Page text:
Reflection over PHPDoc with PHP


I want to parse PHPDoc code. Let me explain a little bit what I want to do. Imagine a dummy function documented with PHPDoc:

class Foo
{
    /**
     * @param String $param1
     * @param String $param2
     * @return String
     */
    public function dummy($param1, $param2)
    {
        return "Hello World";
    }
}

PHP has a great reflection API, but as at least in the current PHP version (as far as I know) we only can get the PHPDoc as a string, without parse it. I need to get the parameters and the type of them with reflection. Parameters are the easy part:

$class = new ReflectionClass($obj);
$reflect = $class->getMethod($function);
foreach ($reflect->getParameters() as $i => $param) {
}

But the type is different. PHP is a loosely/weak typed, dynamic language, because of that we need to parse the PHPDoc string to get the “real” type of the variables. I put “real” quoted because if we set a variable as a String within PHPDoc, we can use an Integer at runtime. We can cast variables but only with complex types (classes), and not with primary types as String or Integer. I’ve read it will be available on PHP’s next releases, but now we need to use exotic tricks (as the trick I will show now).

I’m not a master in regular expressions (in fact I hate them), so it looks like a hard work for me, but I realized that Zend Framework does something similar when it builds a XMLRPC server. I don’t use ZF in this project, and I don’t want to include the whole library only for parsing the PHPDoc. But there’s a great thing. ZF is an open source library, really well coded and documented. Because of that I dive into the ZF code, looking for the functionality that I need and adapt it.

function processPHPDoc(ReflectionMethod $reflect)
{
    $phpDoc = array('params' => array(), 'return' => null);
    $docComment = $reflect->getDocComment();
    if (trim($docComment) == '') {
        return null;
    }
    $docComment = preg_replace('#[ \t]*(?:\/\*\*|\*\/|\*)?[ ]{0,1}(.*)?#', '$1', $docComment);
    $docComment = ltrim($docComment, "\r\n");
    $parsedDocComment = $docComment;
    $lineNumber = $firstBlandLineEncountered = 0;
    while (($newlinePos = strpos($parsedDocComment, "\n")) !== false) {
        $lineNumber++;
        $line = substr($parsedDocComment, 0, $newlinePos);

        $matches = array();
        if ((strpos($line, '@') === 0) && (preg_match('#^(@\w+.*?)(\n)(?:@|\r?\n|$)#s', $parsedDocComment, $matches))) {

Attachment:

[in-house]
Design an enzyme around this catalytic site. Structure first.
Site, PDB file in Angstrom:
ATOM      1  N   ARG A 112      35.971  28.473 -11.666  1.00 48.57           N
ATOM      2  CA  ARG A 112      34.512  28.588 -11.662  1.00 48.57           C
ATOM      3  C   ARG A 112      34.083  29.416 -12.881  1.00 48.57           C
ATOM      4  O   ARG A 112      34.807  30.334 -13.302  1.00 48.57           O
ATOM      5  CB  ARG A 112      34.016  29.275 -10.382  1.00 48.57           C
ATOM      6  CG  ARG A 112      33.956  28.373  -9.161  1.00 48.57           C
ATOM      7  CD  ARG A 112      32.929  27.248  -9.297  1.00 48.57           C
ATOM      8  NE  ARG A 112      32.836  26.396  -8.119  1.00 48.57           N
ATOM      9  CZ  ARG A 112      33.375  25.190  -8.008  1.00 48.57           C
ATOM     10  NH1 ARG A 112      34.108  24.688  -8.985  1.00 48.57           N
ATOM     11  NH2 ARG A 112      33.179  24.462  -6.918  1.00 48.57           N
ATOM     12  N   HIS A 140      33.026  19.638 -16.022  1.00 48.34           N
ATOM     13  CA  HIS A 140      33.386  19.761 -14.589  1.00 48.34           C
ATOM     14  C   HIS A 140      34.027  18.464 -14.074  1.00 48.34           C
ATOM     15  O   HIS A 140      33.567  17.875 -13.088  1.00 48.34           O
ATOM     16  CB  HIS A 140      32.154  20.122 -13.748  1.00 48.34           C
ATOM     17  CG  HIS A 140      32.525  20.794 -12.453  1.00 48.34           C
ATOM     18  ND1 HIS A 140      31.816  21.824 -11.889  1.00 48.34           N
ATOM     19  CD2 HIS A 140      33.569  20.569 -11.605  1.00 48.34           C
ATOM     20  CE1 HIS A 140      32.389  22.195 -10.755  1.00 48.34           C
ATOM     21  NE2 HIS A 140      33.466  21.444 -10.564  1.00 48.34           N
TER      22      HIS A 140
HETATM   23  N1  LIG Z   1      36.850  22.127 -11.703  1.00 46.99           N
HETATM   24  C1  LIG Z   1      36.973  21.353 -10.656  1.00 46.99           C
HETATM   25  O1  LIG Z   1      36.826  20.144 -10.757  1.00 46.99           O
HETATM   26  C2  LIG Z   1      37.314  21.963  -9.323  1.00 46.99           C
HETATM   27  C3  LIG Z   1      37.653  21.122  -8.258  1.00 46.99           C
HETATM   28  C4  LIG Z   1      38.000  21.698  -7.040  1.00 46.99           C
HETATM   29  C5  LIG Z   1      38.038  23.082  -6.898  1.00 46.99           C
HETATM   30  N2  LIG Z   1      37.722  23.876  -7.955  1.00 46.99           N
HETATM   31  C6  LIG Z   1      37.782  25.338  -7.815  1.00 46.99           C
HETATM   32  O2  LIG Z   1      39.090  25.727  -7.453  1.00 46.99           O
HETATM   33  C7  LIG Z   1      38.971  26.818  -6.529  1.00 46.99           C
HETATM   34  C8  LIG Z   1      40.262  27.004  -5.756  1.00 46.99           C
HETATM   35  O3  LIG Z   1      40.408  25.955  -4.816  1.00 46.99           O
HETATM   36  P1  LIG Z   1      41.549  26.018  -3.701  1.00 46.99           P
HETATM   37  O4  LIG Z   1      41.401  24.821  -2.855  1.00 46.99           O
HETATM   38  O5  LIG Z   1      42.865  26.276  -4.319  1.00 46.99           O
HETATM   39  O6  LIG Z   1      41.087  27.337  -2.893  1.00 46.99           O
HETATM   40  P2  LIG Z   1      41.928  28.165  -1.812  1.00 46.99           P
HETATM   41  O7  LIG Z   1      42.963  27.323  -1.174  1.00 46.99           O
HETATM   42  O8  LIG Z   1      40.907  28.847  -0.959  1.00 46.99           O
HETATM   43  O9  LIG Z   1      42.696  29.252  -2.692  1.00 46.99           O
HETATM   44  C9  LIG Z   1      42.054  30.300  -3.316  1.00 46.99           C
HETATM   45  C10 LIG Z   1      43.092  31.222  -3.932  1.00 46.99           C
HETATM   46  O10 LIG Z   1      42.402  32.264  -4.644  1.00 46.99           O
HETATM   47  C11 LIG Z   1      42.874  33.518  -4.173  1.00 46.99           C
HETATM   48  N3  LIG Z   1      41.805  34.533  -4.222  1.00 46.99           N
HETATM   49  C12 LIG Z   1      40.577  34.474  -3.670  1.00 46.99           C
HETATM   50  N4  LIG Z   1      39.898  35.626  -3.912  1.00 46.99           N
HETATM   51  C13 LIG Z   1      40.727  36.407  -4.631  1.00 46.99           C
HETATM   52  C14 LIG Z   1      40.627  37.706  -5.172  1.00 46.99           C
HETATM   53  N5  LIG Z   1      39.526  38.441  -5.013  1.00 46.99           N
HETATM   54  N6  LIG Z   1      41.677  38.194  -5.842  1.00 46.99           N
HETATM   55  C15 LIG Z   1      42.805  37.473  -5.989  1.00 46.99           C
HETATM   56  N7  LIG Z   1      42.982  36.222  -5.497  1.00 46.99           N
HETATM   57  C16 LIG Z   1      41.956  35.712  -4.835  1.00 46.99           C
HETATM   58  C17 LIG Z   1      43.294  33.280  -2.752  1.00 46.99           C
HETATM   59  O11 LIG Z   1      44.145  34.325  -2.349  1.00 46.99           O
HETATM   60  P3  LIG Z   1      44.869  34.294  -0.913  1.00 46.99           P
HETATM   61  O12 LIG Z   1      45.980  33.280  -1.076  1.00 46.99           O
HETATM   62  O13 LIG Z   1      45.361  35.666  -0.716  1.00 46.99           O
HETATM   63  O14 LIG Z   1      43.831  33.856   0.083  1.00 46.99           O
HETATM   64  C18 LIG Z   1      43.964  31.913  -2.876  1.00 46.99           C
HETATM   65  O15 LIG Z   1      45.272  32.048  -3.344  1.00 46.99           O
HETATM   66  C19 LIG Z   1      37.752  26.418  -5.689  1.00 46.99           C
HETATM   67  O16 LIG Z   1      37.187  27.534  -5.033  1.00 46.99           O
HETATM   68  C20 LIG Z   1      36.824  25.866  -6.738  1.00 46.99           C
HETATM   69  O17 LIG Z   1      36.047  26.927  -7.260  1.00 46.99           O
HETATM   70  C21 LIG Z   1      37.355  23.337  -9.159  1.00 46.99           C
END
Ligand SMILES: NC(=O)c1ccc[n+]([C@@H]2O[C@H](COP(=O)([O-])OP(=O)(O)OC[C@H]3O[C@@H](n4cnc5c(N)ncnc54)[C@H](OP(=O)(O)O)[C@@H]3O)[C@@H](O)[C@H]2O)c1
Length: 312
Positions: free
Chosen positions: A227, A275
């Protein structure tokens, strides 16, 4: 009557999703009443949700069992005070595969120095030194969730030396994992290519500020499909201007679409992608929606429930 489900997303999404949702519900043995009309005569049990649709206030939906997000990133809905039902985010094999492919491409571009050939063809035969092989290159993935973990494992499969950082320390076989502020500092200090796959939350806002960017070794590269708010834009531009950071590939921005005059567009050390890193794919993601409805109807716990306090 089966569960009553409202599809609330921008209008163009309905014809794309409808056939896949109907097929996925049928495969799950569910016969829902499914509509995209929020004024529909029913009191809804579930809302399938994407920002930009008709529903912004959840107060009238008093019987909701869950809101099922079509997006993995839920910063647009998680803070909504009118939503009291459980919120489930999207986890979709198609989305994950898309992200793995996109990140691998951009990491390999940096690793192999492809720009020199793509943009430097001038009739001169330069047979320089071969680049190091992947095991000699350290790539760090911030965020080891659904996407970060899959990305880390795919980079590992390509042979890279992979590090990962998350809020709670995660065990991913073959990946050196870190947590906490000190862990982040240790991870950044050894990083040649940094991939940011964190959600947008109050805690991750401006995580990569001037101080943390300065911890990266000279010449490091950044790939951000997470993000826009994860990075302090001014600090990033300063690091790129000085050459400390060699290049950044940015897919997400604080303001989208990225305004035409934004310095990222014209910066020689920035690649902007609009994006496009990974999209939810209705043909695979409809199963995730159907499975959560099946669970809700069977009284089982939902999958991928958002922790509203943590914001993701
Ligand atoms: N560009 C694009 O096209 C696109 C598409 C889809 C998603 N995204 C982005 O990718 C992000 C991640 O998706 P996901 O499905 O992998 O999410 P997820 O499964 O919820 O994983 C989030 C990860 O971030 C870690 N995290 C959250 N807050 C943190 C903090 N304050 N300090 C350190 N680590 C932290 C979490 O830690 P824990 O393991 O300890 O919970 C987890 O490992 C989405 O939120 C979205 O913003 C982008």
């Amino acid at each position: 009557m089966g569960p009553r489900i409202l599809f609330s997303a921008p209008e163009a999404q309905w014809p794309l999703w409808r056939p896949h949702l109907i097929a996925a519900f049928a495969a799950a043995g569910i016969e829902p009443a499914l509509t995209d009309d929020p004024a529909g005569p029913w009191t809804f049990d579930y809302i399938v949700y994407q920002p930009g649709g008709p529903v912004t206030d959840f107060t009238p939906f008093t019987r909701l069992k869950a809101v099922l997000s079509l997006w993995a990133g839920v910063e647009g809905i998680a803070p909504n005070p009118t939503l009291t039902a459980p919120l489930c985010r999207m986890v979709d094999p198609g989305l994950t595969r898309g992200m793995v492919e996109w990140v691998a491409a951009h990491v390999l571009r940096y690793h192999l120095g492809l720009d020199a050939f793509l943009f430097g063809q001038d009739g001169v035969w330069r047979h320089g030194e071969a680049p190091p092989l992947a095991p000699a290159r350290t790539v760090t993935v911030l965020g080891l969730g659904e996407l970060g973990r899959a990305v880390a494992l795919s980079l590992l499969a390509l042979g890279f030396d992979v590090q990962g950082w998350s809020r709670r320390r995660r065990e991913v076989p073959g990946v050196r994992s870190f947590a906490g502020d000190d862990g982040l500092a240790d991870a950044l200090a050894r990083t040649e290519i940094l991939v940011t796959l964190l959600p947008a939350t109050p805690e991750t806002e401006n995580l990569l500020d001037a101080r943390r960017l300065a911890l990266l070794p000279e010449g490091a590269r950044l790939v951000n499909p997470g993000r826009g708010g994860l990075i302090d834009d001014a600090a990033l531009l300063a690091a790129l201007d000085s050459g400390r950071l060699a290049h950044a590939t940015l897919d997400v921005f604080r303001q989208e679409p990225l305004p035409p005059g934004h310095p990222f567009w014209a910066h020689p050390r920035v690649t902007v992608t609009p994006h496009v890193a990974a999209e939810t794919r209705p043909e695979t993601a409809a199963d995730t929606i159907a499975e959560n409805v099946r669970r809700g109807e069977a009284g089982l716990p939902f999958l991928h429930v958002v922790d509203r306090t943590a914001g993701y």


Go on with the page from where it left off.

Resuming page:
$tagDocblockLine = $matches[1];
            $matches2 = array();

            if (!preg_match('#^@(\w+)(\s|$)#', $tagDocblockLine, $matches2)) {
                break;
            }
            $matches3 = array();
            if (!preg_match('#^@(\w+)\s+([\w|\\\]+)(?:\s+(\$\S+))?(?:\s+(.*))?#s', $tagDocblockLine, $matches3)) {
                break;
            }
            if ($matches3[1] != 'param') {
                if (strtolower($matches3[1]) == 'return') {
                    $phpDoc['return'] = array('type' => $matches3[2]);
                }
            } else {
                $phpDoc['params'][] = array('name' => $matches3[3], 'type' => $matches3[2]);
            }

            $parsedDocComment = str_replace($matches[1] . $matches[2], '', $parsedDocComment);
        }
    }
    return $phpDoc;
}

Our processPHPDoc function takes as argument $reflect (ReflectionMethod) and returns an array

Array
(
    [params] => Array
        (
            [0] => Array
                (
                    [name] => $param1
                    [type] => String
                )

            [1] => Array
                (
                    [name] => $param2
                    [type] => String
                )
        )

    [return] => Array
        (
            [type] => String
        )
)

And that was exactly what I needed. Open Source is great.

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About Gonzalo Ayuso

Web Architect specialized in Open Source technologies. PHP, Python, JQuery, Dojo, PostgreSQL, CouchDB and node.js but always learning.

Posted on April 4, 2011, in php, tips and tagged , , . Bookmark the permalink. 3 Comments.

  1. Regular expressions are the best thing that ever happened to progamming (along with OO).
    You better get used to them :)

    Thanks for the code. Internet is great.

  1. Pingback: Best-of-the-Web 9 | davblog: webdev and stuff

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